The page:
([1] [2] [3])

is a literal pattern, however,

[{:foo 1} #{:bar :baz} {:quux 3}]

is not. This is because map and set patterns express submap and subset patterns respectively. The pattern

{:foo 1}

expresses the value being matched is a map containing the key :foo with value 1. The pattern

#{:foo :bar}

expresses the value being matched is a set containing the values :foo and :bar.

Variables

Pattern variables are variables which may or may not bind symbols to the values they match. In the case of variables which bind, the bindings are made available for use in pattern actions, substitutions, and even within patterns. There are two types of pattern variables which bind, logic variables and memory variables, and one type of variable which does not, the so-called any variable also known as a wild card.

Logic Variables

Logic variables are variables which express an equivalent, but not necessarily identical, value everywhere within a pattern. They are represented by a simple symbol prefixed with the ? character.

To express any 2-tuple composed of equivalent elements we would write the following.

[?x ?x]

This pattern will match a value like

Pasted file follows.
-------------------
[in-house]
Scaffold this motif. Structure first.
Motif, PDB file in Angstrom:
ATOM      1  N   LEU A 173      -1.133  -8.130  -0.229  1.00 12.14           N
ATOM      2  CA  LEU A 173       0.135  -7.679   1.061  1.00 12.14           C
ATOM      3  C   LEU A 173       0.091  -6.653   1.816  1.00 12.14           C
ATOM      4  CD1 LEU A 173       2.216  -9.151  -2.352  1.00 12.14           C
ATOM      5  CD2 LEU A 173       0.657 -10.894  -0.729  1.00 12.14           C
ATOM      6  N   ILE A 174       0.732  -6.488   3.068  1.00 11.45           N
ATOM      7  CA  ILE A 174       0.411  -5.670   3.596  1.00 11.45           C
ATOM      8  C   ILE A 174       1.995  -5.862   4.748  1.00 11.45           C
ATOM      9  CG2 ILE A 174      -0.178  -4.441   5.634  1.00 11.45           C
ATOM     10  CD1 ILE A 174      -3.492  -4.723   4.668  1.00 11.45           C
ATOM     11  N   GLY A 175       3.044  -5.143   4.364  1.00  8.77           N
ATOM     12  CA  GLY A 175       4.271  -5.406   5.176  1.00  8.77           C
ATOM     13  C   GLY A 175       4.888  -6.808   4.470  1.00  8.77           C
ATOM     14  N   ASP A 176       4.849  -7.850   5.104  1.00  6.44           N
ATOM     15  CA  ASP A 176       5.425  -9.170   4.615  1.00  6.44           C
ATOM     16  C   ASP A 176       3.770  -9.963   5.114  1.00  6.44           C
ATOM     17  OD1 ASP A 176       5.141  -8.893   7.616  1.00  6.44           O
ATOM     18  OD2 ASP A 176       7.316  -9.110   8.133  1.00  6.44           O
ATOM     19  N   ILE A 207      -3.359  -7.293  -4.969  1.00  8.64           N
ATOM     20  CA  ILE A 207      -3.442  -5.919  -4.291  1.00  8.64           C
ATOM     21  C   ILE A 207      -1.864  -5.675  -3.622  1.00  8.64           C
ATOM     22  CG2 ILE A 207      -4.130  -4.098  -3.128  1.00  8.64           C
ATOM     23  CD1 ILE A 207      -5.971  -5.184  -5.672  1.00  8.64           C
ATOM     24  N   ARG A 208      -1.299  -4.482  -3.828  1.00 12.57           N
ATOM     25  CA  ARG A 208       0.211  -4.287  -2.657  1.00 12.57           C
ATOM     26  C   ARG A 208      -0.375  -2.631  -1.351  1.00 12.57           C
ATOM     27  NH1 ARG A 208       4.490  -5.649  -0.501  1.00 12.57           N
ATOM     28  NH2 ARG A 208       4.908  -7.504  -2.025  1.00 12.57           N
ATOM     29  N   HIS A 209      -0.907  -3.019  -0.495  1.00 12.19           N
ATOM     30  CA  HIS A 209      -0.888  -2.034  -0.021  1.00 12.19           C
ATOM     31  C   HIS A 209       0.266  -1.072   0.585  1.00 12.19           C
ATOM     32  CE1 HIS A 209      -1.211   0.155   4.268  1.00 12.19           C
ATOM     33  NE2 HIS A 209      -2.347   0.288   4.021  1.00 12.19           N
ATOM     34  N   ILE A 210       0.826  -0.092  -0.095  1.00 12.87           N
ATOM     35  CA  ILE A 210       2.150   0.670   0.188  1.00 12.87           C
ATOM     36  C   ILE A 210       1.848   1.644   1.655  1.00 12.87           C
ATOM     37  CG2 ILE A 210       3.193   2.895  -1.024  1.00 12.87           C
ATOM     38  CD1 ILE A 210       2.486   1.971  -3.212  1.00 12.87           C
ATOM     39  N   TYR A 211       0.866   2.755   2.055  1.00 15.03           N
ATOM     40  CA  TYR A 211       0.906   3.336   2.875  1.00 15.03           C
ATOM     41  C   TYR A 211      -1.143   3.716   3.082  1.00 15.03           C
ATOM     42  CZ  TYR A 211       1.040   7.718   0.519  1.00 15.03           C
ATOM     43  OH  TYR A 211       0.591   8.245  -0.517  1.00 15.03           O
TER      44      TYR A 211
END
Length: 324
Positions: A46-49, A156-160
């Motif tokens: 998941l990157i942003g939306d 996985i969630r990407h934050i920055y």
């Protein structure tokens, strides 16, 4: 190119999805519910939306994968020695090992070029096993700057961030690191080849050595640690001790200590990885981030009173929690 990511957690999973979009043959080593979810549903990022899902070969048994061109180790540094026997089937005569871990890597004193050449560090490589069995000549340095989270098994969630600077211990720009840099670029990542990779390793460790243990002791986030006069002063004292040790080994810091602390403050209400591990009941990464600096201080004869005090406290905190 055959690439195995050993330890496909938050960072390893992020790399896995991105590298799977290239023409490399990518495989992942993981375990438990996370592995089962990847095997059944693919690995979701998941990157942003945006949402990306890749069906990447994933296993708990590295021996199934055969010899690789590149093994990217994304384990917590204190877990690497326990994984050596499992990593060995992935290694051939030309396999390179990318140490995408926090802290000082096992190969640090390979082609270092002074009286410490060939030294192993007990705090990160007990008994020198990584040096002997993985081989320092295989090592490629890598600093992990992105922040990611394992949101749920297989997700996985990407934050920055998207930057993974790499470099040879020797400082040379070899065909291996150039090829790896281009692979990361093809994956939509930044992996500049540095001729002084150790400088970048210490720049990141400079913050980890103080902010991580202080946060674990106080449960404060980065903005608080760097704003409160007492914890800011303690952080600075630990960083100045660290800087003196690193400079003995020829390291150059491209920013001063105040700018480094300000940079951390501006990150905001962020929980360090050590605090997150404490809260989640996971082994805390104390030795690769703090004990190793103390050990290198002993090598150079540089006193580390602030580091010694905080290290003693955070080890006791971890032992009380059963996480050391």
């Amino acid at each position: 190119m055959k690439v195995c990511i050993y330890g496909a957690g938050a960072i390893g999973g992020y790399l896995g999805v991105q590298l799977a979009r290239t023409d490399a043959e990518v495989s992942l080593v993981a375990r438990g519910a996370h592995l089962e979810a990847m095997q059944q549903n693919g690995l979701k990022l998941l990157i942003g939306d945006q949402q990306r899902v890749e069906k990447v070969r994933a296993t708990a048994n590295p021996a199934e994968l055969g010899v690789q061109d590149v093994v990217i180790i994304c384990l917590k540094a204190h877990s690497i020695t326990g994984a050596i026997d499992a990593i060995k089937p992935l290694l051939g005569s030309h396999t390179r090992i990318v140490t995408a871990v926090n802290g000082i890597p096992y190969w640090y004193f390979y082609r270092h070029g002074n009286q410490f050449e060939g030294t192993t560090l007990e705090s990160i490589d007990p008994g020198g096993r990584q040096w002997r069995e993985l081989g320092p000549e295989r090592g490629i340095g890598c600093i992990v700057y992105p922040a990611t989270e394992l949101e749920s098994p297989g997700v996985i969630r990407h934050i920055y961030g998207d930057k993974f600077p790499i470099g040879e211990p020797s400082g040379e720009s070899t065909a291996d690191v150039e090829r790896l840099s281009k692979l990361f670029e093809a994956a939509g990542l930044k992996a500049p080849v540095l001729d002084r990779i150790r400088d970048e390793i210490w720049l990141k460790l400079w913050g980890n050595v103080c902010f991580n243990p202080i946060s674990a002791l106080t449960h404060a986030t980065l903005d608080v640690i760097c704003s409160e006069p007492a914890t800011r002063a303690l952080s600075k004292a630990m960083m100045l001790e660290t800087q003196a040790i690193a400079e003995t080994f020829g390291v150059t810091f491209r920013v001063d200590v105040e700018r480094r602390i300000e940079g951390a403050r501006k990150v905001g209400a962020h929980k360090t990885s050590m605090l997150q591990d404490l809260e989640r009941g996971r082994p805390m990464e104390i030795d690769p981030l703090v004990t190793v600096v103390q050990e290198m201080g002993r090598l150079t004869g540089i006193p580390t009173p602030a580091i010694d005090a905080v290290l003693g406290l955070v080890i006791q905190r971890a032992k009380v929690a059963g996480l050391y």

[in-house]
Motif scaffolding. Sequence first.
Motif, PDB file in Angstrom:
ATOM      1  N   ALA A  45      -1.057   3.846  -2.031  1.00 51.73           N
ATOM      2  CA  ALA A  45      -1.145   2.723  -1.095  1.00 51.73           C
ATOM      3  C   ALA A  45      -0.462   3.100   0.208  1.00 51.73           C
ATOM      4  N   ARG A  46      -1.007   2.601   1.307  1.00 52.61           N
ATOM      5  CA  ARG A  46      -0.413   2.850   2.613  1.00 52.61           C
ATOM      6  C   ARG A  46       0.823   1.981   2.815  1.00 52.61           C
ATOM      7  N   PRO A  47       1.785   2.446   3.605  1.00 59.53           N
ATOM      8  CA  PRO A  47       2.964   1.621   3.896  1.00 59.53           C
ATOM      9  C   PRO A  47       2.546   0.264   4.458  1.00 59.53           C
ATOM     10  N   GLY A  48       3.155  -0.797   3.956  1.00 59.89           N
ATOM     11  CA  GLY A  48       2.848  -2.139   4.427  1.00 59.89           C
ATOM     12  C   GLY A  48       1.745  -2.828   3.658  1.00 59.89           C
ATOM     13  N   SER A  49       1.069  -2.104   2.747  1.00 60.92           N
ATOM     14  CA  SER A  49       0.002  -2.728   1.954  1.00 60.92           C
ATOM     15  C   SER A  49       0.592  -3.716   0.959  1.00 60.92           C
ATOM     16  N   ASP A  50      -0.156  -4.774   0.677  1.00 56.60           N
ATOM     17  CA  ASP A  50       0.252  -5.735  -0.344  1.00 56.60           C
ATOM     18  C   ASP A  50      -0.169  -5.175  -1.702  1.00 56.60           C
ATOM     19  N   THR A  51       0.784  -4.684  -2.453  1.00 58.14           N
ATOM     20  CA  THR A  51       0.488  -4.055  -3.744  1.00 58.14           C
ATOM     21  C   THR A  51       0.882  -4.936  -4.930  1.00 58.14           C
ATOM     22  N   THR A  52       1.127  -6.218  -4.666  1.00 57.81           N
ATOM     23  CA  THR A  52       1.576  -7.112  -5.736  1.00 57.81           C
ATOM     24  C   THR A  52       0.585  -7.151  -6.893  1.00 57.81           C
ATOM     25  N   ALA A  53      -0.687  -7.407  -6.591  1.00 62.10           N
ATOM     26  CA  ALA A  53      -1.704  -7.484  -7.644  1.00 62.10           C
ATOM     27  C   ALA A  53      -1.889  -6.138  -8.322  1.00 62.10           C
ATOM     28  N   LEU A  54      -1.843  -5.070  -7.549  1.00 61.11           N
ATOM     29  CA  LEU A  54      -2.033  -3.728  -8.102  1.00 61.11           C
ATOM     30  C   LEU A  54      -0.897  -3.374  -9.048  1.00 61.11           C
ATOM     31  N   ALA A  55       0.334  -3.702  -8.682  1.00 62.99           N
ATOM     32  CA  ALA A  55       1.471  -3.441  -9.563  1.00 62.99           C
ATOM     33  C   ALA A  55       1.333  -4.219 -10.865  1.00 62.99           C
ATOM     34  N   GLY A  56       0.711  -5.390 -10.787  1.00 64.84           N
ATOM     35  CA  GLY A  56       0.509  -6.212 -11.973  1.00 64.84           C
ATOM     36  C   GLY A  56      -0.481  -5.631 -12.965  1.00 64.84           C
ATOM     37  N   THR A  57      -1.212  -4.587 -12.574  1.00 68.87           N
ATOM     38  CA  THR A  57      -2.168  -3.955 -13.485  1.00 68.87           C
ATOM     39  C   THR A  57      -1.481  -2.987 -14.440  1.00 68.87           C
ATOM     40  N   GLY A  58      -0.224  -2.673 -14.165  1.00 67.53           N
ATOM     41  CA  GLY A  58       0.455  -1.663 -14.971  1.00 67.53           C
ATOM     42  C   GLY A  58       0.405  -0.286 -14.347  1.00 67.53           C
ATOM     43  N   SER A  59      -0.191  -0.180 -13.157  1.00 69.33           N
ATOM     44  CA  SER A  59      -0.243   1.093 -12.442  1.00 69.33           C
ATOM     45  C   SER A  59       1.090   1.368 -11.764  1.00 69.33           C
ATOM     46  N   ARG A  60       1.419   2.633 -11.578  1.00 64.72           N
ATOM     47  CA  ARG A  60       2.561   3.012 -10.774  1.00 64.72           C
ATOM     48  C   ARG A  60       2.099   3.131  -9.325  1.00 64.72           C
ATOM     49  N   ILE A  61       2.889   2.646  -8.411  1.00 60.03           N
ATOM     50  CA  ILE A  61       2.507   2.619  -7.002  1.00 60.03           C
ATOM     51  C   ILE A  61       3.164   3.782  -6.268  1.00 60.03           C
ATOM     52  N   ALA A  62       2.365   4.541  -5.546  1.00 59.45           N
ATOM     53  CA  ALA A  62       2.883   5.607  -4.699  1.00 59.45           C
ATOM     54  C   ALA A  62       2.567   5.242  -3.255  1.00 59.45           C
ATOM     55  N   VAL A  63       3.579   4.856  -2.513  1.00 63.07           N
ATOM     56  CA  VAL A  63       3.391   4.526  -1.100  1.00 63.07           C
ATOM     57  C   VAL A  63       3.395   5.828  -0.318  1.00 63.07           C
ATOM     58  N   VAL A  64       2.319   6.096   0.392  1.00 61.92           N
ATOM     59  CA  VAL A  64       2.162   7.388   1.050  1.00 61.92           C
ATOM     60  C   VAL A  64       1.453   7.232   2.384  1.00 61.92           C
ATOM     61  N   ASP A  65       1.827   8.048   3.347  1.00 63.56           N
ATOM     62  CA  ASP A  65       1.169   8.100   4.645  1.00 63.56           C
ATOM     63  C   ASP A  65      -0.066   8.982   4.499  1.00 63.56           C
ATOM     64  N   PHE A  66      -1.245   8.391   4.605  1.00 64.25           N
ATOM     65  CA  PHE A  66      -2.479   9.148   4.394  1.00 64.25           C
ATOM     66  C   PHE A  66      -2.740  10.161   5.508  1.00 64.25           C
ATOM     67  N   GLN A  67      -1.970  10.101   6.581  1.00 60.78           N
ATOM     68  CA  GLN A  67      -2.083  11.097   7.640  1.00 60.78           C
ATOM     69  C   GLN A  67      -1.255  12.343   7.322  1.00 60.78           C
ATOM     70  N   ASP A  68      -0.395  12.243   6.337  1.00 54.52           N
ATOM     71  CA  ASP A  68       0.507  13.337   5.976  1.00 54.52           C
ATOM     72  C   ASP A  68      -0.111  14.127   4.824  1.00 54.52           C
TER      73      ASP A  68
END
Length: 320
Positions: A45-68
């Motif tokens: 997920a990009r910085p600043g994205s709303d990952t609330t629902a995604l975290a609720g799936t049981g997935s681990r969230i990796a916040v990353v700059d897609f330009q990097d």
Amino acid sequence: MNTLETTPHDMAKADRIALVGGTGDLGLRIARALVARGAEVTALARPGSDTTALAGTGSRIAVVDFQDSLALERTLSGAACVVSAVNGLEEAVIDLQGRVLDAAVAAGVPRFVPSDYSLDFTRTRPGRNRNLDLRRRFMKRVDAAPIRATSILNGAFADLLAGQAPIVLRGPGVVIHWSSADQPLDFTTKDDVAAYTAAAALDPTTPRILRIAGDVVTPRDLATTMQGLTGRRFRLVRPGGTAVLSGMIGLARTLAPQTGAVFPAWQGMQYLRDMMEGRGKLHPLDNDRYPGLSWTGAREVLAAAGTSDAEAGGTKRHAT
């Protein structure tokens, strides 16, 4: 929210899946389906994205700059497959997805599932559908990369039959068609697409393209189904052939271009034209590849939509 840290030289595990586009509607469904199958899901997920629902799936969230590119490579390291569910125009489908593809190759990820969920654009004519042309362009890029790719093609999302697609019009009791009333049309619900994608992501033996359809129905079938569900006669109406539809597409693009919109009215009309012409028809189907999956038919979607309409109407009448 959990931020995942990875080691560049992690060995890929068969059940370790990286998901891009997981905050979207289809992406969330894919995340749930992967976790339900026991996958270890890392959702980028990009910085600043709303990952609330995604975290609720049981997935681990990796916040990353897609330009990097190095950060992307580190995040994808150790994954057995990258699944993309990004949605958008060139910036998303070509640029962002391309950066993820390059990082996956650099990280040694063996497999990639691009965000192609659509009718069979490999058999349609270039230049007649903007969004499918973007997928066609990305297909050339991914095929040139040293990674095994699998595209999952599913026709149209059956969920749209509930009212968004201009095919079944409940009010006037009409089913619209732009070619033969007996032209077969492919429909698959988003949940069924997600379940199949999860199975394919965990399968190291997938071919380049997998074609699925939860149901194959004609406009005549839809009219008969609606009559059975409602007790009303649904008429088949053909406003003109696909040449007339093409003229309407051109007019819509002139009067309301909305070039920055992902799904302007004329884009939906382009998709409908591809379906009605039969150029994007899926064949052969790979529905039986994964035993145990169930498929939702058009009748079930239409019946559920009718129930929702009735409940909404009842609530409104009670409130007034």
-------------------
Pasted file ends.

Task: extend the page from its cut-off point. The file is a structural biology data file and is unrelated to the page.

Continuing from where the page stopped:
[1 1]

and bind ?x to 1 but will not match a value like

[1 2]

since the second occurence of ?x is not equal to 1.

Memory Variables

Memory variables are variables which "remember" or collect values during pattern matching. They are represented by a simple symbol prefixed with the ! character. Because they collect multiple values it is idiomatic to employ a plural naming convention e.g. !xs or !people.

To collect values from a 4-tuple such that we collect the first and last elements in one container and the middle elements in another we would write the following.

[!xs !ys !ys !xs]

This pattern will match a value like

[:red :green :yellow :blue]

and bind !xs to [:red :blue] and !ys to [:green :yellow].

Any Variables

Any variables are variables which match anything but do not bind the values they match. They are represented as simple symbols prefixed with the _ character e.g. _, _first-name, and so on. Any variables commonly appear in the last clause of a match expression as a catch-all when all other patterns fail to match.

Operators

guard

(guard expr) matches whenenver expr true.

Example:

(match 42
  (guard true) :okay)
;; => :okay

pred

(pred pred-fn pat₀ ,,, patₙ) matches whenenver pred-fn applied to the current value being matched returns a truthy value and all of pat₀ through patₙ match.

Example:

(match 42
  (pred even?) 
  :okay)
;; => :okay
(match [42 43]
  [(pred even? ?x) (pred odd?)]
  ?x)
;; => 42

let

(let pat expr) matches when pat matches the result of evaluating expr. This allows pattern matching on an arbitrary expression.

Example:

(match 42
  (or [?x ?y] (let [?x ?y] [1 2]))
  [?x ?y])
;; => [1 2]

and

(and pat₀ ,,, patₙ) matches when all of pat₀ through patₙ match.

Example:

(match 42
  (and ?x (guard (even? ?x)))